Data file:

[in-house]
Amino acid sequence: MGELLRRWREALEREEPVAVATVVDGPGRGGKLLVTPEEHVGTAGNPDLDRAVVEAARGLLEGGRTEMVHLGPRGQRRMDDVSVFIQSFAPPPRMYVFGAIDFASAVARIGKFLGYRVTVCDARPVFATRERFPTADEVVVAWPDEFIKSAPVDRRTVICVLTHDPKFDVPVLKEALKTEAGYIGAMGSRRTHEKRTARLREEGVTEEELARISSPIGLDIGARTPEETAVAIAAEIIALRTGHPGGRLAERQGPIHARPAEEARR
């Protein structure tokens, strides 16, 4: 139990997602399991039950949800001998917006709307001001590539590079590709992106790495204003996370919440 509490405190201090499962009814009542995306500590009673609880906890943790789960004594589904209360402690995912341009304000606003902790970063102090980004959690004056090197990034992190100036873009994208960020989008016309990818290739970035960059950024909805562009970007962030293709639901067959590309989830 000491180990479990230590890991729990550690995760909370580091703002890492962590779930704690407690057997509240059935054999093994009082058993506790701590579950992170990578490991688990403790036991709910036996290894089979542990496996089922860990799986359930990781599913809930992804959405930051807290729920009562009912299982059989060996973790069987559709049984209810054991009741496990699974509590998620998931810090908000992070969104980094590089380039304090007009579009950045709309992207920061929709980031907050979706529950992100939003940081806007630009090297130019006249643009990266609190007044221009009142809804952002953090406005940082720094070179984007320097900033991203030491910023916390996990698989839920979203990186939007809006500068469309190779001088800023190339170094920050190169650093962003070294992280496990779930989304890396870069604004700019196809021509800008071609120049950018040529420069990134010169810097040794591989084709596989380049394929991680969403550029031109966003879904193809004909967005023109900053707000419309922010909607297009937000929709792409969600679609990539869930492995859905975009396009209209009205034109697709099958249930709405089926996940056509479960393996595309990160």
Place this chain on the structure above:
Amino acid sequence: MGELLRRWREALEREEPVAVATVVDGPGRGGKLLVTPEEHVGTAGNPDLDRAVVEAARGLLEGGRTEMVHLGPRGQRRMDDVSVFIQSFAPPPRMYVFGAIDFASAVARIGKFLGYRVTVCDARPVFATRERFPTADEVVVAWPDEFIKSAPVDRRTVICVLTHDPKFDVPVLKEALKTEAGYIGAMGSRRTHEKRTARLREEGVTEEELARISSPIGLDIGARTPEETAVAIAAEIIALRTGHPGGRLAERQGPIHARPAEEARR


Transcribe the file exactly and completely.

[in-house]
Amino acid sequence: MGELLRRWREALEREEPVAVATVVDGPGRGGKLLVTPEEHVGTAGNPDLDRAVVEAARGLLEGGRTEMVHLGPRGQRRMDDVSVFIQSFAPPPRMYVFGAIDFASAVARIGKFLGYRVTVCDARPVFATRERFPTADEVVVAWPDEFIKSAPVDRRTVICVLTHDPKFDVPVLKEALKTEAGYIGAMGSRRTHEKRTARLREEGVTEEELARISSPIGLDIGARTPEETAVAIAAEIIALRTGHPGGRLAERQGPIHARPAEEARR
């Protein structure tokens, strides 16, 4: 139990997602399991039950949800001998917006709307001001590539590079590709992106790495204003996370919440 509490405190201090499962009814009542995306500590009673609880906890943790789960004594589904209360402690995912341009304000606003902790970063102090980004959690004056090197990034992190100036873009994208960020989008016309990818290739970035960059950024909805562009970007962030293709639901067959590309989830 000491180990479990230590890991729990550690995760909370580091703002890492962590779930704690407690057997509240059935054999093994009082058993506790701590579950992170990578490991688990403790036991709910036996290894089979542990496996089922860990799986359930990781599913809930992804959405930051807290729920009562009912299982059989060996973790069987559709049984209810054991009741496990699974509590998620998931810090908000992070969104980094590089380039304090007009579009950045709309992207920061929709980031907050979706529950992100939003940081806007630009090297130019006249643009990266609190007044221009009142809804952002953090406005940082720094070179984007320097900033991203030491910023916390996990698989839920979203990186939007809006500068469309190779001088800023190339170094920050190169650093962003070294992280496990779930989304890396870069604004700019196809021509800008071609120049950018040529420069990134010169810097040794591989084709596989380049394929991680969403550029031109966003879904193809004909967005023109900053707000419309922010909607297009937000929709792409969600679609990539869930492995859905975009396009209209009205034109697709099958249930709405089926996940056509479960393996595309990160």
Place this chain on the structure above:
Amino acid sequence: MGELLRRWREALEREEPVAVATVVDGPGRGGKLLVTPEEHVGTAGNPDLDRAVVEAARGLLEGGRTEMVHLGPRGQRRMDDVSVFIQSFAPPPRMYVFGAIDFASAVARIGKFLGYRVTVCDARPVFATRERFPTADEVVVAWPDEFIKSAPVDRRTVICVLTHDPKFDVPVLKEALKTEAGYIGAMGSRRTHEKRTARLREEGVTEEELARISSPIGLDIGARTPEETAVAIAAEIIALRTGHPGGRLAERQGPIHARPAEEARR